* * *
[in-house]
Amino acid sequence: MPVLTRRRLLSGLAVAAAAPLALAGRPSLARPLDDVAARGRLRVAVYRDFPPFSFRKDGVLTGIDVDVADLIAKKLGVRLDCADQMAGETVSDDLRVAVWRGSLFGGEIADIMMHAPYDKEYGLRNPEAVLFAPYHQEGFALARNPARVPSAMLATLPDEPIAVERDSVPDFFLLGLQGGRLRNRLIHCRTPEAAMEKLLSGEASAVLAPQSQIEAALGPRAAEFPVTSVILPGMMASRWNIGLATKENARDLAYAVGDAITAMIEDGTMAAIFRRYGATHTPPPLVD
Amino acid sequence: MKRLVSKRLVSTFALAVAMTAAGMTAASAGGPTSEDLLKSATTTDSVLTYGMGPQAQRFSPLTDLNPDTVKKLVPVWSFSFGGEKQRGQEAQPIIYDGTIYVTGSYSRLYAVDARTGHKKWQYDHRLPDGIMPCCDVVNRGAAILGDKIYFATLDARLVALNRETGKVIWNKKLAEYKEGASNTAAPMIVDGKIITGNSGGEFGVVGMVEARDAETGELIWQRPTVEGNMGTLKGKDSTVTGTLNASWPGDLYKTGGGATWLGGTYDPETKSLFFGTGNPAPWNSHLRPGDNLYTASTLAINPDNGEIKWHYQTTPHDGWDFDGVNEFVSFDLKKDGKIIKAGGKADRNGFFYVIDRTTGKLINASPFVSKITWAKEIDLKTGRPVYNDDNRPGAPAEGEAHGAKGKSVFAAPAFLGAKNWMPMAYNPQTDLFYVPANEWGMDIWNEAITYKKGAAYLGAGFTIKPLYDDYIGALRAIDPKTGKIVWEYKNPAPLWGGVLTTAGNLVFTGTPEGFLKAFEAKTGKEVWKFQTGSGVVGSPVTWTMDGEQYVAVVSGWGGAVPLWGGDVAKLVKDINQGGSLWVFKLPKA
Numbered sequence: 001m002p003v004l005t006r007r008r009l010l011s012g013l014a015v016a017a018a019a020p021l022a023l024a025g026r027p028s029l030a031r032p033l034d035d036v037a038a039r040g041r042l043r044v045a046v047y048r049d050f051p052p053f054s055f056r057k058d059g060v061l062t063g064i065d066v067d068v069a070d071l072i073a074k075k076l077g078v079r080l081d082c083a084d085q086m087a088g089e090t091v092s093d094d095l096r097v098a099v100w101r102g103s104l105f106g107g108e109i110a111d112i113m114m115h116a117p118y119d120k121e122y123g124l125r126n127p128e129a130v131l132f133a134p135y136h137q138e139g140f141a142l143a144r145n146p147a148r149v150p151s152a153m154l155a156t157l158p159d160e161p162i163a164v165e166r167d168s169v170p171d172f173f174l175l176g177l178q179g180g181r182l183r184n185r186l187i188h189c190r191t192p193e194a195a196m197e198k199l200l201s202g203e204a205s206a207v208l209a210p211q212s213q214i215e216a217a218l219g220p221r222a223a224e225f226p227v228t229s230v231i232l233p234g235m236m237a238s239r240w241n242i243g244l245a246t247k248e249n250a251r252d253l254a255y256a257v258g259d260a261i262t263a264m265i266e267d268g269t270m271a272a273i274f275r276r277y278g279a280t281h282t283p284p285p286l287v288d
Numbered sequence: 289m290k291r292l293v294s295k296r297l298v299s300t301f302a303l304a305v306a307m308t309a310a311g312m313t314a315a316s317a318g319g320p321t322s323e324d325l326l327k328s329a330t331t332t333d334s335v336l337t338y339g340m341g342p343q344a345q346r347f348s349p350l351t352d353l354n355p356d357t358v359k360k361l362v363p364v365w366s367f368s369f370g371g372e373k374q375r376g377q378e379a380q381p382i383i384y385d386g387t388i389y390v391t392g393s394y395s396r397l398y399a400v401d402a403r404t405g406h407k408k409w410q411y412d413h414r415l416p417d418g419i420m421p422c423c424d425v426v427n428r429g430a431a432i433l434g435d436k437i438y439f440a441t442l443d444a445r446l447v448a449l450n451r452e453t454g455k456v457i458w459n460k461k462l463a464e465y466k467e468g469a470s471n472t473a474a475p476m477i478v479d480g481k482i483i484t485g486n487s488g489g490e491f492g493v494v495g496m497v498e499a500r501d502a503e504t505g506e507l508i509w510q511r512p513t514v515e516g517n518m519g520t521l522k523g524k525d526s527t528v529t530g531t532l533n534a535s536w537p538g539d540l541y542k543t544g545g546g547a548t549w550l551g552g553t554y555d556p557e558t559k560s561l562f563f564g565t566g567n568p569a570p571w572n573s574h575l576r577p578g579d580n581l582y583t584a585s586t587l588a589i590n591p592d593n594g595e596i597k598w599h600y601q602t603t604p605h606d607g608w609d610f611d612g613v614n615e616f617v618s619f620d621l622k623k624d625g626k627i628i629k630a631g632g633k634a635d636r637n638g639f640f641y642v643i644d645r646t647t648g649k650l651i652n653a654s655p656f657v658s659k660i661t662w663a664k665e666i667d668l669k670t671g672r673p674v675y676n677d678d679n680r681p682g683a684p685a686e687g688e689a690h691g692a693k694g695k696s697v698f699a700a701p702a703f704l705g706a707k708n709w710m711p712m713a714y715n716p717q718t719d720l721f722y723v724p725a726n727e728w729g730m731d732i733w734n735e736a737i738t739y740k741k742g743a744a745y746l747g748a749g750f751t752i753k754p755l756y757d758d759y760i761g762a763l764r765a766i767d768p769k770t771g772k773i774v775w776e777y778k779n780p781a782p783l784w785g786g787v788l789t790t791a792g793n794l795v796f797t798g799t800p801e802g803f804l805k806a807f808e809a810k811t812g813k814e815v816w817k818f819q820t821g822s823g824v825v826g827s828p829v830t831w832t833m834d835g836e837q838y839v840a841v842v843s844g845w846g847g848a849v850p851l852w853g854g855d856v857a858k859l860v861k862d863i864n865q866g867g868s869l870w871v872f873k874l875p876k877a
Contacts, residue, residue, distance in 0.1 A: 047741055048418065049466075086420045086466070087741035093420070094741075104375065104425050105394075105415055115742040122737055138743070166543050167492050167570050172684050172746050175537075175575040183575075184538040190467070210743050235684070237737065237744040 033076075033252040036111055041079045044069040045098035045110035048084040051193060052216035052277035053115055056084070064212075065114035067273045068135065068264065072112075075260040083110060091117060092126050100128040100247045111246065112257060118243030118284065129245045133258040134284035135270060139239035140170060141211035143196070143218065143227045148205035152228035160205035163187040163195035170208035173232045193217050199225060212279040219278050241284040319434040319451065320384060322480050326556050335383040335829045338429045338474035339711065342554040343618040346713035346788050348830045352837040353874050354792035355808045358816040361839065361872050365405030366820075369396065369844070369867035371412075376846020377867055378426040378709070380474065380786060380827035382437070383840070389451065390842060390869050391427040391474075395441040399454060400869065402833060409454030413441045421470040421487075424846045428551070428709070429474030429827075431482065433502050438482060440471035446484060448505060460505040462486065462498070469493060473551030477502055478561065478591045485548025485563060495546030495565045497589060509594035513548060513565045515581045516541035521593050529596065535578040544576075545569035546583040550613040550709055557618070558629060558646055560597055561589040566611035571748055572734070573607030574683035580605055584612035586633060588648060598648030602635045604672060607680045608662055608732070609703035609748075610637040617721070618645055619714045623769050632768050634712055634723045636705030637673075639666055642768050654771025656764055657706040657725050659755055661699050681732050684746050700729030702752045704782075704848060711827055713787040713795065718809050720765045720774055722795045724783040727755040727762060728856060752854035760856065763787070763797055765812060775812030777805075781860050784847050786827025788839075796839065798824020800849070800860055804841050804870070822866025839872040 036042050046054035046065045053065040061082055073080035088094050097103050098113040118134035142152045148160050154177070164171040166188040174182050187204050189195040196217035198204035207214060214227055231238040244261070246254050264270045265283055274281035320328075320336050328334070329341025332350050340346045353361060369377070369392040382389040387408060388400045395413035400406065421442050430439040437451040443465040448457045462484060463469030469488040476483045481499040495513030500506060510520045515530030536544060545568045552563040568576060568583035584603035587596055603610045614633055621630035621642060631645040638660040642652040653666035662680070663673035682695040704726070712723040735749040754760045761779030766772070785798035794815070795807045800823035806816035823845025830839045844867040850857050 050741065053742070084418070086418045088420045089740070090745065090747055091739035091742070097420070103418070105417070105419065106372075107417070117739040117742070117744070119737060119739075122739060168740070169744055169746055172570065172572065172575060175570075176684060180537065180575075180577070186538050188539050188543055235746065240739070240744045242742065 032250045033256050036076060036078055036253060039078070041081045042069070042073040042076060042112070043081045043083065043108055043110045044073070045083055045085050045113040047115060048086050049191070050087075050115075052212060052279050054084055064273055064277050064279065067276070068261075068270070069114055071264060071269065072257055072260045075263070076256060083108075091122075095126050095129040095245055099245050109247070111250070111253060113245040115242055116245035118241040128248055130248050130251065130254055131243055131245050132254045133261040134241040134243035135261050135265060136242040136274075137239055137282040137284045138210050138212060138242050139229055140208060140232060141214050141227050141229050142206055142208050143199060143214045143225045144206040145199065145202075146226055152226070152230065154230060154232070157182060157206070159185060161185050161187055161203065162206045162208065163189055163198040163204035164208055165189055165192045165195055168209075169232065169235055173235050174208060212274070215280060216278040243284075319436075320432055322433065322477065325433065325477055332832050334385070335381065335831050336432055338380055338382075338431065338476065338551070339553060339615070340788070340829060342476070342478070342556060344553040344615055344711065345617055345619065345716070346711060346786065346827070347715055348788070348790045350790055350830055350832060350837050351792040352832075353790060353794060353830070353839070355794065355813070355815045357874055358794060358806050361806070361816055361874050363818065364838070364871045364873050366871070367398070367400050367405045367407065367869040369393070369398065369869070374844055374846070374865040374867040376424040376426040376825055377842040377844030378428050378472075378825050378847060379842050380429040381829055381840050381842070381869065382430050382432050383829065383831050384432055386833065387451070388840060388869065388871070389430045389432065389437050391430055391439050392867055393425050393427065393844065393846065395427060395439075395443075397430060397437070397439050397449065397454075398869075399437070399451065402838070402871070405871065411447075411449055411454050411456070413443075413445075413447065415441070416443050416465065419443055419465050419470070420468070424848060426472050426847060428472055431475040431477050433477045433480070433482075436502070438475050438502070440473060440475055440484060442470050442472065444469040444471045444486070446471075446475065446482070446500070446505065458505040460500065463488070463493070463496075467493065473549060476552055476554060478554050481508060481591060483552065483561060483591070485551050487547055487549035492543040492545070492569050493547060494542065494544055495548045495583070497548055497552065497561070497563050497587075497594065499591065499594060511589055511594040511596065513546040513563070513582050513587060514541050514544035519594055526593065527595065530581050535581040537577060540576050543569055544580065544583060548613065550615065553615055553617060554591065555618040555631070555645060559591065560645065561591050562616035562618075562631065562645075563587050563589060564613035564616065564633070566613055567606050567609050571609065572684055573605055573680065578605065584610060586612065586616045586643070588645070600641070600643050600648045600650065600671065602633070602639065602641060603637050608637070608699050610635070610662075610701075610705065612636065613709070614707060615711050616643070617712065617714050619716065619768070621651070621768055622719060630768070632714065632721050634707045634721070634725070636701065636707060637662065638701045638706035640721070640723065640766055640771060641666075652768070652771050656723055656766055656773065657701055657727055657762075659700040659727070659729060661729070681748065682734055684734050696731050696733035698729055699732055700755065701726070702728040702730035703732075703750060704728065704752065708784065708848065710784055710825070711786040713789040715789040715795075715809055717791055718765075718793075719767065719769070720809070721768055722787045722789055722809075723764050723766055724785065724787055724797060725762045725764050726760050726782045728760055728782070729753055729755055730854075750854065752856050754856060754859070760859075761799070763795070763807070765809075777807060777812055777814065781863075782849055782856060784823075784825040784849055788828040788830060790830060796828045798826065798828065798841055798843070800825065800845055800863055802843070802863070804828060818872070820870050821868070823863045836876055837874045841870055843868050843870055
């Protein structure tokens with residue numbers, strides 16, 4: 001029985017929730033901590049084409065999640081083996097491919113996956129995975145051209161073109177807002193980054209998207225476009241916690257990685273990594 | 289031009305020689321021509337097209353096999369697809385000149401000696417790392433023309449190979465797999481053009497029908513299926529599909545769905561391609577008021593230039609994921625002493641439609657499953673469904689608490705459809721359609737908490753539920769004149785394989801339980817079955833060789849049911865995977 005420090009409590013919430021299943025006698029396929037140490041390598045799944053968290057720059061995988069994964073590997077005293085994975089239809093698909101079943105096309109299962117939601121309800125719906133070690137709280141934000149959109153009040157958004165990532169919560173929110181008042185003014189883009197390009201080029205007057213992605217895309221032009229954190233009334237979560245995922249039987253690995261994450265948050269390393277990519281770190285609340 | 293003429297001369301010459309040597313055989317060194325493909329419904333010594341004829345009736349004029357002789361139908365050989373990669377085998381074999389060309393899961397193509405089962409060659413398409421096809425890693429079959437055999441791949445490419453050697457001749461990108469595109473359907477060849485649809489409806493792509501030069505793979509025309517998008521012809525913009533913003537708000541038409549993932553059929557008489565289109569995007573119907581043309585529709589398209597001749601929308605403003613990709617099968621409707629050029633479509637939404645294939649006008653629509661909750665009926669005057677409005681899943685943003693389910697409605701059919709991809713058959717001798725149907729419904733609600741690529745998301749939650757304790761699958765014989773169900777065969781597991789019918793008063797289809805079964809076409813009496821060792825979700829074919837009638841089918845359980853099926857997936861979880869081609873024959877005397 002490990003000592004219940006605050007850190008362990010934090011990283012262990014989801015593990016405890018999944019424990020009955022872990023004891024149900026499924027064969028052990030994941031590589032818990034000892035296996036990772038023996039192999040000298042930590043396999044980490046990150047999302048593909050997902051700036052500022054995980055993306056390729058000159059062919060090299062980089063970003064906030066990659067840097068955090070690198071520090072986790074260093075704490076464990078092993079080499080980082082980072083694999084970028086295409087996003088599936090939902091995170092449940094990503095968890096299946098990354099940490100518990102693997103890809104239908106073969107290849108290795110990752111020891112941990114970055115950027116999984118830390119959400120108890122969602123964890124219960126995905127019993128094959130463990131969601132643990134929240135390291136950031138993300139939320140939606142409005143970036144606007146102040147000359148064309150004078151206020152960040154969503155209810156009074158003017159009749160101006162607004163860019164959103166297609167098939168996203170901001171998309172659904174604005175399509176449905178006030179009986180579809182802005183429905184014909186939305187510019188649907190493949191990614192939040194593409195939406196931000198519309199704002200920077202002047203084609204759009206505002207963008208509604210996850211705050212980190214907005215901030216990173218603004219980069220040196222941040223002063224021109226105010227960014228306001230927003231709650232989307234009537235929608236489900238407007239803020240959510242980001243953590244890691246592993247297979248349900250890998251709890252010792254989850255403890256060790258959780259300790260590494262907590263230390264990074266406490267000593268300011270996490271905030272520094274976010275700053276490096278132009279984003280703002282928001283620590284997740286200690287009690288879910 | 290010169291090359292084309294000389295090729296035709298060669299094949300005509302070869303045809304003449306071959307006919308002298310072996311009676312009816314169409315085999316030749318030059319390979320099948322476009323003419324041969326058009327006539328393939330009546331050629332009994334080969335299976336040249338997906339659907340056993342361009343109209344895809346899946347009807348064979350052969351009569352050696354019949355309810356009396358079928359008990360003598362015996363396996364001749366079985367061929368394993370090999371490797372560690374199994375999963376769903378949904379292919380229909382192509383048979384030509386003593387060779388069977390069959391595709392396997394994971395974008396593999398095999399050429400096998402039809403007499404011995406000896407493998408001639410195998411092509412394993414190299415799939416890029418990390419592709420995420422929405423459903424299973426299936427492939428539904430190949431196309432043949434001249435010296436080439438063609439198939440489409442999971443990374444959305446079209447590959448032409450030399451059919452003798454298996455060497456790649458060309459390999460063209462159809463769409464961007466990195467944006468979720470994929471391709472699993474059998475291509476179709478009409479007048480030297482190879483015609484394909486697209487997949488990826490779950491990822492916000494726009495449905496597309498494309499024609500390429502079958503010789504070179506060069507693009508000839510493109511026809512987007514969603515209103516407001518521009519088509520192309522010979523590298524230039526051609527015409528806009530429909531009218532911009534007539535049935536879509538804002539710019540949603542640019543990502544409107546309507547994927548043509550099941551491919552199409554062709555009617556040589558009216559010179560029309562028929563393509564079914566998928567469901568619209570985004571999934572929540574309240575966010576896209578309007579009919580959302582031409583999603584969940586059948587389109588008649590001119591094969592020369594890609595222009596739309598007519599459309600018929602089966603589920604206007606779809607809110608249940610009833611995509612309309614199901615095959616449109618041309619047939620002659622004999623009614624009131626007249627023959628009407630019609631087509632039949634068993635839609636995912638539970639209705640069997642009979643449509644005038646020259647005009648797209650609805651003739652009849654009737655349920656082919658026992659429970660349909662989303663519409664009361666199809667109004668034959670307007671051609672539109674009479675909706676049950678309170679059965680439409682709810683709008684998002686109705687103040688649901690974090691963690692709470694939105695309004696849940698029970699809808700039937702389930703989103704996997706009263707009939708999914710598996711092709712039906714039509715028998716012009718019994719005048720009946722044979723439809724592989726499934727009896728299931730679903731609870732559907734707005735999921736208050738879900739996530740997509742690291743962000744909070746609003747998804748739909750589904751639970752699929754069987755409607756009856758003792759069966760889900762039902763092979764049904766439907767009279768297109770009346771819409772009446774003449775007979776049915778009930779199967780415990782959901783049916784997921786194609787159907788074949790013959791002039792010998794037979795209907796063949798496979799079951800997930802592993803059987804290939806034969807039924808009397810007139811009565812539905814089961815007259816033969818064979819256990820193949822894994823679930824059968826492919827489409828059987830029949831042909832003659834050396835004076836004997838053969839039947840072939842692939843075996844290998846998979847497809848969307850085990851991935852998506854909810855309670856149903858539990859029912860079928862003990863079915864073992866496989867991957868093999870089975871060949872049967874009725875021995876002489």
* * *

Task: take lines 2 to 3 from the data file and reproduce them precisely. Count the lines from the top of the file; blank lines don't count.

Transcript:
Amino acid sequence: MPVLTRRRLLSGLAVAAAAPLALAGRPSLARPLDDVAARGRLRVAVYRDFPPFSFRKDGVLTGIDVDVADLIAKKLGVRLDCADQMAGETVSDDLRVAVWRGSLFGGEIADIMMHAPYDKEYGLRNPEAVLFAPYHQEGFALARNPARVPSAMLATLPDEPIAVERDSVPDFFLLGLQGGRLRNRLIHCRTPEAAMEKLLSGEASAVLAPQSQIEAALGPRAAEFPVTSVILPGMMASRWNIGLATKENARDLAYAVGDAITAMIEDGTMAAIFRRYGATHTPPPLVD
Amino acid sequence: MKRLVSKRLVSTFALAVAMTAAGMTAASAGGPTSEDLLKSATTTDSVLTYGMGPQAQRFSPLTDLNPDTVKKLVPVWSFSFGGEKQRGQEAQPIIYDGTIYVTGSYSRLYAVDARTGHKKWQYDHRLPDGIMPCCDVVNRGAAILGDKIYFATLDARLVALNRETGKVIWNKKLAEYKEGASNTAAPMIVDGKIITGNSGGEFGVVGMVEARDAETGELIWQRPTVEGNMGTLKGKDSTVTGTLNASWPGDLYKTGGGATWLGGTYDPETKSLFFGTGNPAPWNSHLRPGDNLYTASTLAINPDNGEIKWHYQTTPHDGWDFDGVNEFVSFDLKKDGKIIKAGGKADRNGFFYVIDRTTGKLINASPFVSKITWAKEIDLKTGRPVYNDDNRPGAPAEGEAHGAKGKSVFAAPAFLGAKNWMPMAYNPQTDLFYVPANEWGMDIWNEAITYKKGAAYLGAGFTIKPLYDDYIGALRAIDPKTGKIVWEYKNPAPLWGGVLTTAGNLVFTGTPEGFLKAFEAKTGKEVWKFQTGSGVVGSPVTWTMDGEQYVAVVSGWGGAVPLWGGDVAKLVKDINQGGSLWVFKLPKA